Sunday, 22 February 2015


In childhood the first seeds of taste are planted, and it seemed to me as a boy that Treasure meant possessions, material wealth, mainly as a result of Treasure Island being read to me by my father. The idea of treasure being holdable in a buried chest found only with the right map stuck with me until my father died in July 1953 during the night of an unexpected fatal heart attack. Then I began to realise that TREASURE we value most is not a jewelled fate, but much more about the people we love. It was not until I went on in my late teens to study David Hume and other philosophers as part of my university undergraduate course that I found this realization described so well by David Hume facing the inevitability of death considered in similar circumstances. This week I discovered that Oliver Sachs (in his recent article for The New York Times) finds Hume equally helpful:

He writes about decisions he has made since a diagnosis of untreatable liver cancer - "I have to live in the richest, deepest, most productive way I can. In this I am encouraged by the words of one of my favourite philosophers, David Hume, who, upon learning that he was mortally ILL at age 65, wrote a short autobiography in a single day in April of 1776. He titled it “My Own Life.” 'I now reckon upon a speedy dissolution,' he wrote. 'I have suffered very little pain from my disorder; and what is more strange, have, notwithstanding the great decline of my person, never suffered a moment’s abatement of my spirits. I possess the same ardour as ever in study, and the same gaiety in company.' "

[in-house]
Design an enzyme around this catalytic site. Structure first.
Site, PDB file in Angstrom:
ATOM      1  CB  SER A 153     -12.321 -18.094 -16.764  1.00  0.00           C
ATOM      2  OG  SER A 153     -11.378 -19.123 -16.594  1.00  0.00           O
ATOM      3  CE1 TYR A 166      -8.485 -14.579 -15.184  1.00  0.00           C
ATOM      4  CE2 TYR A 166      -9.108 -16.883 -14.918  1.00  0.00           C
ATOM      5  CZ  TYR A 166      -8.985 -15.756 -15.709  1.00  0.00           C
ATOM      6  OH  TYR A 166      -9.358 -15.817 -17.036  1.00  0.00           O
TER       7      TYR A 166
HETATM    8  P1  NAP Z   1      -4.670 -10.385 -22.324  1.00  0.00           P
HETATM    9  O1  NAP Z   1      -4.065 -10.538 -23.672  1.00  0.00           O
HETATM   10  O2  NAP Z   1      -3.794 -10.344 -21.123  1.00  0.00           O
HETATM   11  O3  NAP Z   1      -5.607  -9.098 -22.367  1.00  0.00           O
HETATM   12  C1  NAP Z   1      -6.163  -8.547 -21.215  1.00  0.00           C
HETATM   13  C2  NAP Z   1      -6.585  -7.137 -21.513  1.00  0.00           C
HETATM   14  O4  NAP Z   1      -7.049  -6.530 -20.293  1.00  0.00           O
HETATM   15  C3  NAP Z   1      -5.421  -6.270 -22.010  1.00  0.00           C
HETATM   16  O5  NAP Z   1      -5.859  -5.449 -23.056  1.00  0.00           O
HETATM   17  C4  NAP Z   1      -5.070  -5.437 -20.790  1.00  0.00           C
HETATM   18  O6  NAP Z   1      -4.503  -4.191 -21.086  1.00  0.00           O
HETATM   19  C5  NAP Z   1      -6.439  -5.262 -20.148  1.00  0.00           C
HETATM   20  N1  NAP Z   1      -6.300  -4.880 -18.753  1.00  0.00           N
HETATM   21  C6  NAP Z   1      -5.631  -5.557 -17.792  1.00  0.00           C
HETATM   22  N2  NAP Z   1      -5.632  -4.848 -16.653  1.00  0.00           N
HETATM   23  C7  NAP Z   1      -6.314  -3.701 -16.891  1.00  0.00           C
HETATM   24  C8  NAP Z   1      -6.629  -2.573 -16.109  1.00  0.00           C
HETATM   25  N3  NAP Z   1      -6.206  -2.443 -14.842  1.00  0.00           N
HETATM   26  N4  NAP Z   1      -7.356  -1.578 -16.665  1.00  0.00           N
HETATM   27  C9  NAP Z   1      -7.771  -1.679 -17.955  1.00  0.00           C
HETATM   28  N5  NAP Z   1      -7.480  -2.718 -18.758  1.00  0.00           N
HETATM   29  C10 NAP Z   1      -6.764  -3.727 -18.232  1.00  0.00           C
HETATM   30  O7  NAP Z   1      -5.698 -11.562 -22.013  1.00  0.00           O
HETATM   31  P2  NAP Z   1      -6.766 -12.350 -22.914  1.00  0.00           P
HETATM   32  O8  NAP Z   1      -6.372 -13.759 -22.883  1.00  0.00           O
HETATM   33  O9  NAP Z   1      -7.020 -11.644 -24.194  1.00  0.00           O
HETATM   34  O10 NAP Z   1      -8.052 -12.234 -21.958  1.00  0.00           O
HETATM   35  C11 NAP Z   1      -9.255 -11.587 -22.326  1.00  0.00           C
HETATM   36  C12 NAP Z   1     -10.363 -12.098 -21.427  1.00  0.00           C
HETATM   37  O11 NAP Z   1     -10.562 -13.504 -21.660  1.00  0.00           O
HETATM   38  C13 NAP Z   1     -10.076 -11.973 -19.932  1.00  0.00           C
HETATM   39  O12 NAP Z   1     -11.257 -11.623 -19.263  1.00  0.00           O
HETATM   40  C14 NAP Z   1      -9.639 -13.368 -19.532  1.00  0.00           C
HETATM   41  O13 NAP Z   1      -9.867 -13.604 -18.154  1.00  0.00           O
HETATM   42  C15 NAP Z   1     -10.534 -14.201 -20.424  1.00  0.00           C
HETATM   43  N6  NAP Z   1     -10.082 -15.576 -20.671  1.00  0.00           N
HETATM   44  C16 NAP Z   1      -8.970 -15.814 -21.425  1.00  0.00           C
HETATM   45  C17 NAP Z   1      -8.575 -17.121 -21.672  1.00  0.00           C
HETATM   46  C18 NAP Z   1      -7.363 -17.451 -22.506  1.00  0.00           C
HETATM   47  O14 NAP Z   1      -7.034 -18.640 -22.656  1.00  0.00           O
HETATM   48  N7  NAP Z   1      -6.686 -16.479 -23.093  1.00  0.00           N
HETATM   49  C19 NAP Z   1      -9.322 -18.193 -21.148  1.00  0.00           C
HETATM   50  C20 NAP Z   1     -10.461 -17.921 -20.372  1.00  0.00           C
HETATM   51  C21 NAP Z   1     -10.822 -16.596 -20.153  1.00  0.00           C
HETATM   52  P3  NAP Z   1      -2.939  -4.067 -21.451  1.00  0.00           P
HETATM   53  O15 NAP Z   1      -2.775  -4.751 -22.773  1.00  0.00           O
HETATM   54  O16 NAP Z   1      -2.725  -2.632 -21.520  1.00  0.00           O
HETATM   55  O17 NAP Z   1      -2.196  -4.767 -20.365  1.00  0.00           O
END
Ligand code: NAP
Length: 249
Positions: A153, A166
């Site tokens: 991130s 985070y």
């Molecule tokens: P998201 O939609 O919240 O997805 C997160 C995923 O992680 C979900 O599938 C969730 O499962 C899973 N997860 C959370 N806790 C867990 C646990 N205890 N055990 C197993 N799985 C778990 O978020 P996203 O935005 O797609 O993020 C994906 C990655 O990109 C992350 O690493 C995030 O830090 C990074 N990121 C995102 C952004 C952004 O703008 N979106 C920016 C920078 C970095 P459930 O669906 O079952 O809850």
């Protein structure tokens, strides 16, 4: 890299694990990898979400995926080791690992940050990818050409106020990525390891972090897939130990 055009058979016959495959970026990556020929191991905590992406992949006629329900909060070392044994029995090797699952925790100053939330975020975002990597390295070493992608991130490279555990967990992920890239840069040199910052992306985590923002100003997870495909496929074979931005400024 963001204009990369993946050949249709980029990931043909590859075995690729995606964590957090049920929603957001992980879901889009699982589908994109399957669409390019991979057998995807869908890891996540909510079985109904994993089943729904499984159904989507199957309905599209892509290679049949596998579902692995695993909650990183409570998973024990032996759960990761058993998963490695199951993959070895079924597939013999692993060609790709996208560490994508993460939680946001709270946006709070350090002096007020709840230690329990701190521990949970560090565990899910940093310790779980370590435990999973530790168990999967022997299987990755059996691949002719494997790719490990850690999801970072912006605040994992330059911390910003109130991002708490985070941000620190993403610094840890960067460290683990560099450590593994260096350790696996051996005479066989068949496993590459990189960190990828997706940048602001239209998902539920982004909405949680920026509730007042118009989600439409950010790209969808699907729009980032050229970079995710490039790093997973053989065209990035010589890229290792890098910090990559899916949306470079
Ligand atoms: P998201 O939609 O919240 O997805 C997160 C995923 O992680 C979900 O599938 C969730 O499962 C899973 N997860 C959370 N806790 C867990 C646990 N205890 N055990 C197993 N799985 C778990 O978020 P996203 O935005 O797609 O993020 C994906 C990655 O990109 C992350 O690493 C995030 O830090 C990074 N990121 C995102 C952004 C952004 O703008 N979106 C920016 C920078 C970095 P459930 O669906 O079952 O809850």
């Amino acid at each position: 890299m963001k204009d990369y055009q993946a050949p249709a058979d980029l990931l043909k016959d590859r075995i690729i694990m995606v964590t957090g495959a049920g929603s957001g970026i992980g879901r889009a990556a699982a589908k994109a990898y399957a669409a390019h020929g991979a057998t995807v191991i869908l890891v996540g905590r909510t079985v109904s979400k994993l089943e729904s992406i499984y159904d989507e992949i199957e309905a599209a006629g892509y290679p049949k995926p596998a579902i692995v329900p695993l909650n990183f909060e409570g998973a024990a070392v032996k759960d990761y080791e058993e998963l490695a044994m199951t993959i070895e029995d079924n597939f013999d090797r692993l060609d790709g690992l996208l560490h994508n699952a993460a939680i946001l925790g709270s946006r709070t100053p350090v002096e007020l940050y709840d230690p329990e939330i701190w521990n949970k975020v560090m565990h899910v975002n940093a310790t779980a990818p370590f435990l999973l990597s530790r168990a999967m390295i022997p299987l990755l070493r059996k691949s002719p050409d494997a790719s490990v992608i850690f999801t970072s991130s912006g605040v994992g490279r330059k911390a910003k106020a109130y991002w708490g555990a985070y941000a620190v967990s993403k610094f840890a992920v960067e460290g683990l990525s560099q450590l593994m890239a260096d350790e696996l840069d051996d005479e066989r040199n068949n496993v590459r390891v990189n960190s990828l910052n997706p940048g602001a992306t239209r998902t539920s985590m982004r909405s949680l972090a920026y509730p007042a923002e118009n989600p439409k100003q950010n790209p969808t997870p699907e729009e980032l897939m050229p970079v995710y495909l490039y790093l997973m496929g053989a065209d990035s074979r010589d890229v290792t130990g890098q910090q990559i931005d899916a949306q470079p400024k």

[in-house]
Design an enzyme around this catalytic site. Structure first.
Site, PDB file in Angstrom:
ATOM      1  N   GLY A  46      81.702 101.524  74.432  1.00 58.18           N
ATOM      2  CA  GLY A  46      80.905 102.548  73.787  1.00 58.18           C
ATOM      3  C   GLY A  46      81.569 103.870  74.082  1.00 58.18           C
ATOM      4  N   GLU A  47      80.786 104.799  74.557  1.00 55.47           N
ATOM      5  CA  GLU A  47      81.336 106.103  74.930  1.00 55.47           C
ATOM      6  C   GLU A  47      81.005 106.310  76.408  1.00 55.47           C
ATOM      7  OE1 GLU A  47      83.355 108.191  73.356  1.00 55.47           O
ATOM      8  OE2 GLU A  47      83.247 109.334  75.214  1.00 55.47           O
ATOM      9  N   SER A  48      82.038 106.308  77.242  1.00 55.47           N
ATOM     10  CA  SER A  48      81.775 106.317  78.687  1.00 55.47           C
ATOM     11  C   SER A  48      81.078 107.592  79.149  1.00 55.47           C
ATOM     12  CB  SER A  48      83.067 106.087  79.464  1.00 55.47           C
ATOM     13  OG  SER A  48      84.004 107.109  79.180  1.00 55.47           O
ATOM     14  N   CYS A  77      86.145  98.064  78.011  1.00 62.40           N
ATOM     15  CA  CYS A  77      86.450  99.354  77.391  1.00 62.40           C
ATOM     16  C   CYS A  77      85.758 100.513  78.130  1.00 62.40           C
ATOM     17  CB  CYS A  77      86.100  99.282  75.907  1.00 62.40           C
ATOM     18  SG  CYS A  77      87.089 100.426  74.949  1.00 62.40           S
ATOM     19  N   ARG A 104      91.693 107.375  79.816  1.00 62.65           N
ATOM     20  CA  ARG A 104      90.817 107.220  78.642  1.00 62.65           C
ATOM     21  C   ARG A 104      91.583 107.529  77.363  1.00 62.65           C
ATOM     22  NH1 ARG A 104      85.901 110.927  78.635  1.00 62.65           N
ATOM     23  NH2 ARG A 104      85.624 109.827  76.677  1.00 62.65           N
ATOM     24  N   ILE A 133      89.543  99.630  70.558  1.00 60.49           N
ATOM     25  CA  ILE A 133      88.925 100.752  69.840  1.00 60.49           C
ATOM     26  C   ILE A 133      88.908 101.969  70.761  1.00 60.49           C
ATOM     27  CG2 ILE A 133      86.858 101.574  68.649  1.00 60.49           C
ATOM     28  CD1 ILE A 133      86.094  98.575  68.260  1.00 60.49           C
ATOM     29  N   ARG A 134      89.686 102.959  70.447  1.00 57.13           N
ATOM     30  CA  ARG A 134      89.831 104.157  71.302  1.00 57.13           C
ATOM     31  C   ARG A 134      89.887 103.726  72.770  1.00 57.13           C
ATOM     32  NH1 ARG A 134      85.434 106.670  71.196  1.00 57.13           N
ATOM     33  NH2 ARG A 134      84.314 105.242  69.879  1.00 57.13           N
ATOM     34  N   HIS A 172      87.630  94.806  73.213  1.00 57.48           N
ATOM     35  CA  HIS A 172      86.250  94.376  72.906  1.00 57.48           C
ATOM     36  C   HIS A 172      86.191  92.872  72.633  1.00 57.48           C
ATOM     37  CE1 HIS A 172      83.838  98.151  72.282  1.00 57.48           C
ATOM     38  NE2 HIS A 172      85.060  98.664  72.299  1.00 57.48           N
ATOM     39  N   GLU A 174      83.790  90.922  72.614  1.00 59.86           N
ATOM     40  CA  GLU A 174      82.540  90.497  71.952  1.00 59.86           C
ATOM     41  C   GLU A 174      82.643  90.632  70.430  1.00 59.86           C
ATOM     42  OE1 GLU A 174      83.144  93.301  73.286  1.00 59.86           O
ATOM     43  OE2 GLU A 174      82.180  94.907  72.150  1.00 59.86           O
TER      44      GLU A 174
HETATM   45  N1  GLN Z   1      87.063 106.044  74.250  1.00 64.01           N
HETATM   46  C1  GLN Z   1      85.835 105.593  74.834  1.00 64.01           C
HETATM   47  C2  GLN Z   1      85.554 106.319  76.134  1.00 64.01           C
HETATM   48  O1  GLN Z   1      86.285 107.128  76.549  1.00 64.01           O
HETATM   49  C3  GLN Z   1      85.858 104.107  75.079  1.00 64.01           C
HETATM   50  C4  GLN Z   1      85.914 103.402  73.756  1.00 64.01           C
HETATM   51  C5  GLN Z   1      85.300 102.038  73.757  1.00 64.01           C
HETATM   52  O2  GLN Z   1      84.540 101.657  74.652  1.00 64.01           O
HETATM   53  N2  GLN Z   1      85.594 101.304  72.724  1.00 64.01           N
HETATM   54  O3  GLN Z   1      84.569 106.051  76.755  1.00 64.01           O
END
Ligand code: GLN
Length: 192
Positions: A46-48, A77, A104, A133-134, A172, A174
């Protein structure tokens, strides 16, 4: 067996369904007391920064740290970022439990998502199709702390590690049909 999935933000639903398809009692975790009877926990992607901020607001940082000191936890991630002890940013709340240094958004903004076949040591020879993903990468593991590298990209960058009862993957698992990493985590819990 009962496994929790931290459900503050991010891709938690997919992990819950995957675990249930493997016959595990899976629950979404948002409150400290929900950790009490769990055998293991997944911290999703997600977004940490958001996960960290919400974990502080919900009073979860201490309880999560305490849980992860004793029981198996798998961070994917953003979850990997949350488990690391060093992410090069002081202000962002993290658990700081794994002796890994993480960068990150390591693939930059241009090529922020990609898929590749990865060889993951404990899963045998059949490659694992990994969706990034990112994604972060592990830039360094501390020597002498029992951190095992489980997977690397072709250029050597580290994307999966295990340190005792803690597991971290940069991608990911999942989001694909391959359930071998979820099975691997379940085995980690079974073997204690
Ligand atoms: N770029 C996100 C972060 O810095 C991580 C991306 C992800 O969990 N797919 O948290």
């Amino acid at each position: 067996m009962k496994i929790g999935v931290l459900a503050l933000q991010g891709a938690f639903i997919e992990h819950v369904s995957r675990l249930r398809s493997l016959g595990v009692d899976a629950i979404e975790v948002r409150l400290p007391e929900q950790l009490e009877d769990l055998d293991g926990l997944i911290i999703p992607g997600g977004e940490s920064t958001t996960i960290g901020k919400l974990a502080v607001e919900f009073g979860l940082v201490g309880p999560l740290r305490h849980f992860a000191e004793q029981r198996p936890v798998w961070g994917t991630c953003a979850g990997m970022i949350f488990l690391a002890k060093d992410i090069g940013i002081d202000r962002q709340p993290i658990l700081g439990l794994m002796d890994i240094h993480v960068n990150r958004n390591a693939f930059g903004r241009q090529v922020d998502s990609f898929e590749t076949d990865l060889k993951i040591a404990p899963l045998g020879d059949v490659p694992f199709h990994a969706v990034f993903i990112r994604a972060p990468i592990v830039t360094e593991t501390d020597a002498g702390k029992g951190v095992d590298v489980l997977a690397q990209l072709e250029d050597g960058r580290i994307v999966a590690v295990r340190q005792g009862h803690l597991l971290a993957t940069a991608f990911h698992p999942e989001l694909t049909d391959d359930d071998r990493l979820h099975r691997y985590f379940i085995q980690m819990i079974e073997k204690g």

I do not believe I have ever properly "got over" the shock of the death of my treasured father all those years ago, and I hope all of the "best bits" of him live on in me - our children are our major gift (or curse) to posterity, and bringing up our son (my stepson) is certainly what I count my own major achievement. I wish that our daughter, Rebecca, had lived more than her mere four years, as Rebecca was certainly our second treasure after Damian.
To complete my homily, real treasure in life I feel is NEVER to suffer "a moment's abatement of (one's) spirits", though the four or five years after Rebecca's death in 1985 were very hard to bear, and not everyone is fortunate to accept from childhood that life always appears too brief when we lose those we love.
My father rose to be a Warrant Officer First Class in the RAF of the 1930s and 1940s and I try to live by his motto - Onward and Upward. What I treasure most is the life that he and my mother gave me.
CJH February 2015